In a newer systematic review, Beinart et al 2013 (Ref) (11 RCTs and 3 cohorts), outlined that distress levels, whether higher or lower were not overly associated with adherence in chronic low back pain patients. Higher pain levels were very weakly associated with lower adherence and the same can be said for disability levels.

So what can be done?

1. Communication is key. 

Lonsdale et al 2017 (Ref) performed a large (n=308) well-designed RCT across multiple centres in Ireland. 50 physios delivered either a control intervention consisting of standard care for chronic low back pain patients or the treatment intervention, which consisted of motivational interviewing techniques designed to upgrade adherence. More on these techniques can be found here.  When physiotherapists were trained in communication to increase adherence in 2 main (related) theoretical realms:

  • Self-determination theory
  • Motivation Interviewing techniques: the 5As. See more here.

This was shown to improve patient-reported adherence (not pain), but these were not maintained into 6 months. I think this small effect size is actually pretty encouraging given the HUMUNGOUS issue of behavioural change and this trial probably needs rolled out among a larger cohort. Communication, is the main tool of the health professional, and if used to address the factors listed above as ‘barriers’, then this is the best start to any outcome.

2. Building motivation to exercise

Chan et al 2009 (Ref) , designed a retrospective cohort (n=115), where participants were asked to recall their experience of ACL rehab and using algorithms they determined a level of therapist ‘autonomy-supportive’ behaviour; they demonstrated that when therapist behaviour was more autonomy-supportive, this had increased effect on motivation and subsequently (apparently adherence).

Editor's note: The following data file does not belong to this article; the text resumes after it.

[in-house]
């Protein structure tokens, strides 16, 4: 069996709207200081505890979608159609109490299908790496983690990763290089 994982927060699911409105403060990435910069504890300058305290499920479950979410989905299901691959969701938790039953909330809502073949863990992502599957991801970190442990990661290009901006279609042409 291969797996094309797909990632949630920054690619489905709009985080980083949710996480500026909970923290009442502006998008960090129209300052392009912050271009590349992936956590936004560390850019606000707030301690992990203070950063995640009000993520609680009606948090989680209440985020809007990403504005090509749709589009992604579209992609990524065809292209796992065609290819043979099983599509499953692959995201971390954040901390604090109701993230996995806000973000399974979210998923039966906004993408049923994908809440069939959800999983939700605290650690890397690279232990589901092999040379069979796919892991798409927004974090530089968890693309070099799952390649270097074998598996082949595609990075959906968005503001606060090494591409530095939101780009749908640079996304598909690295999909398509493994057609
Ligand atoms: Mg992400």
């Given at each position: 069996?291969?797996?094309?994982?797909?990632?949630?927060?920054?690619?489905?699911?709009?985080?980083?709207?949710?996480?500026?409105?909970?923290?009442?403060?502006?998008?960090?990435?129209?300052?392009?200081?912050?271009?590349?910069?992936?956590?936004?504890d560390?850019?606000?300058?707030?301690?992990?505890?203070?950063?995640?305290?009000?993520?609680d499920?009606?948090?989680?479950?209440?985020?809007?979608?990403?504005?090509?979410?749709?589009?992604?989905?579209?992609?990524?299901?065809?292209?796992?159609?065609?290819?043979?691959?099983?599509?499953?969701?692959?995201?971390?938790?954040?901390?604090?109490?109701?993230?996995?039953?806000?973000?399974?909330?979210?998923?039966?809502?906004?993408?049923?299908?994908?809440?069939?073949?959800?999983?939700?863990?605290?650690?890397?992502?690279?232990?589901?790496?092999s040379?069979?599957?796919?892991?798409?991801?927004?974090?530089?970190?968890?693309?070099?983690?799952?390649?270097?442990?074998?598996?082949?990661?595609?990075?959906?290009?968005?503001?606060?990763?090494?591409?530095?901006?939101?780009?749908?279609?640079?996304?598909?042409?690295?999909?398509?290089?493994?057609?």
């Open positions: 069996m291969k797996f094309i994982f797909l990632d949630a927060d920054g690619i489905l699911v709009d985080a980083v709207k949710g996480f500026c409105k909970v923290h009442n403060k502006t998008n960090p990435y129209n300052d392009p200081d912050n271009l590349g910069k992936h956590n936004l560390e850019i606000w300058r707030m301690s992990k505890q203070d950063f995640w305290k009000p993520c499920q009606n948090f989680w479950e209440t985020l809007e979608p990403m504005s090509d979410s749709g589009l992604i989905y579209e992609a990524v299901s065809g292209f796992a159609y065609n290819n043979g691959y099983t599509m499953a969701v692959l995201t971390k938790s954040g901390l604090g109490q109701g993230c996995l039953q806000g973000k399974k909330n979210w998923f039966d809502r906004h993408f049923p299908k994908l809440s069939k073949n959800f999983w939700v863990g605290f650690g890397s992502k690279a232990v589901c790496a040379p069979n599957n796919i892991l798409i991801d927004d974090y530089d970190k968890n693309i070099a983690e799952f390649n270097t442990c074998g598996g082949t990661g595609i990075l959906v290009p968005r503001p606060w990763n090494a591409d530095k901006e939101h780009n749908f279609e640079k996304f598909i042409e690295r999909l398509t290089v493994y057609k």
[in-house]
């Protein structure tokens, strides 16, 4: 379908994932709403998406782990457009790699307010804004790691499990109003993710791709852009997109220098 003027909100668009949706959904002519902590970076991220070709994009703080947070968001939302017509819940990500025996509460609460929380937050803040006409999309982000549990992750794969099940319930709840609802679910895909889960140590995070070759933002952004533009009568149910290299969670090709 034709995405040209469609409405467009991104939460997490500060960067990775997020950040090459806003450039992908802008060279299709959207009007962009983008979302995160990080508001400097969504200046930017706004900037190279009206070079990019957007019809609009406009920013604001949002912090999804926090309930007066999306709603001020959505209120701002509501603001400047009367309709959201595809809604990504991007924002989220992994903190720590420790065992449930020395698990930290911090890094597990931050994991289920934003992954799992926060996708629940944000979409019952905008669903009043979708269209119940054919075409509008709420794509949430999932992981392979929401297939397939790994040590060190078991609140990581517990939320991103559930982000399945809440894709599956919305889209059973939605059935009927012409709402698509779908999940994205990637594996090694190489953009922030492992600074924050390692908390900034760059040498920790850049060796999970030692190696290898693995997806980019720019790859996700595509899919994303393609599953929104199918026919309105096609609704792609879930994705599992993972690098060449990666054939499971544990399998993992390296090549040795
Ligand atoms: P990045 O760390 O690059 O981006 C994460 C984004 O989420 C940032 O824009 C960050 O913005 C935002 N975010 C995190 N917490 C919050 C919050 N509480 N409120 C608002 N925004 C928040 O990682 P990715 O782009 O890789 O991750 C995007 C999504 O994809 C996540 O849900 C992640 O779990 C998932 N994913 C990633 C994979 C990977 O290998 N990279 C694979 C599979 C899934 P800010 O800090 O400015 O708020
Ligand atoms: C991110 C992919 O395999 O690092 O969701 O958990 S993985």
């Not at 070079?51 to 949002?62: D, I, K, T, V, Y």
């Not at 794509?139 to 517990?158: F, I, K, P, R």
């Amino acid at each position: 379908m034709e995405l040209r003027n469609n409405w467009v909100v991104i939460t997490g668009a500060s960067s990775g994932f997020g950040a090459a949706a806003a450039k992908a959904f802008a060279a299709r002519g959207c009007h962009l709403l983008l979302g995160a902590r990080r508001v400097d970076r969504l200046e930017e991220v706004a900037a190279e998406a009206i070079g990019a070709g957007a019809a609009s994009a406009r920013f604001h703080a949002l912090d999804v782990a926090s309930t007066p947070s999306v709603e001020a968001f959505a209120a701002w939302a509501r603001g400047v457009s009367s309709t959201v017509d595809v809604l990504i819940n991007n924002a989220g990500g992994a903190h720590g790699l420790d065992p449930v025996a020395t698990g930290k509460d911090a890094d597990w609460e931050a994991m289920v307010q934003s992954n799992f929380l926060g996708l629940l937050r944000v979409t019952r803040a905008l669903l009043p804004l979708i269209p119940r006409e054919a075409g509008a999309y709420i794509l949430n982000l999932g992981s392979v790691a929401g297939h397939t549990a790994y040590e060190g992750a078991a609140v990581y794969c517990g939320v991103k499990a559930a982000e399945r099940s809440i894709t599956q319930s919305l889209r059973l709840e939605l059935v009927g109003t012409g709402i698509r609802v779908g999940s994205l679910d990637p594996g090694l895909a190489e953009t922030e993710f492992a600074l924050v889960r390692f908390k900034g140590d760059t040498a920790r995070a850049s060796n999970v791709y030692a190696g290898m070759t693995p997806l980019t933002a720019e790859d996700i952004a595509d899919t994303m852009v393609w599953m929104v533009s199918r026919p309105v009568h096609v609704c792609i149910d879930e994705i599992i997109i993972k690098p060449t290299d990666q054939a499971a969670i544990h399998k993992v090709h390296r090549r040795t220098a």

Beinart’s systematic review demonstrated that only one individual patient factor had moderate evidence to be associated with adherence:

  • Higher health locus of control.

This fits with the above in so far as building motivation is linked to increasing self-efficacy and perceived control over their improvement. Higher motivation was associated with adherence to exercise, but had limited support and those with a stronger belief that others had control over their back pain exercised significantly less (Ref).

The above points demonstrate, that building intrinsic motivation to exercise in individuals, increases self-efficacy and gives the individual a perception that they can actually do some exercise. Herein, lies the crux of it; if you tell them they can do it, they may actually do some activity, and THEN they may do some of your home exercises as well! Halleluyah!

3. Supervision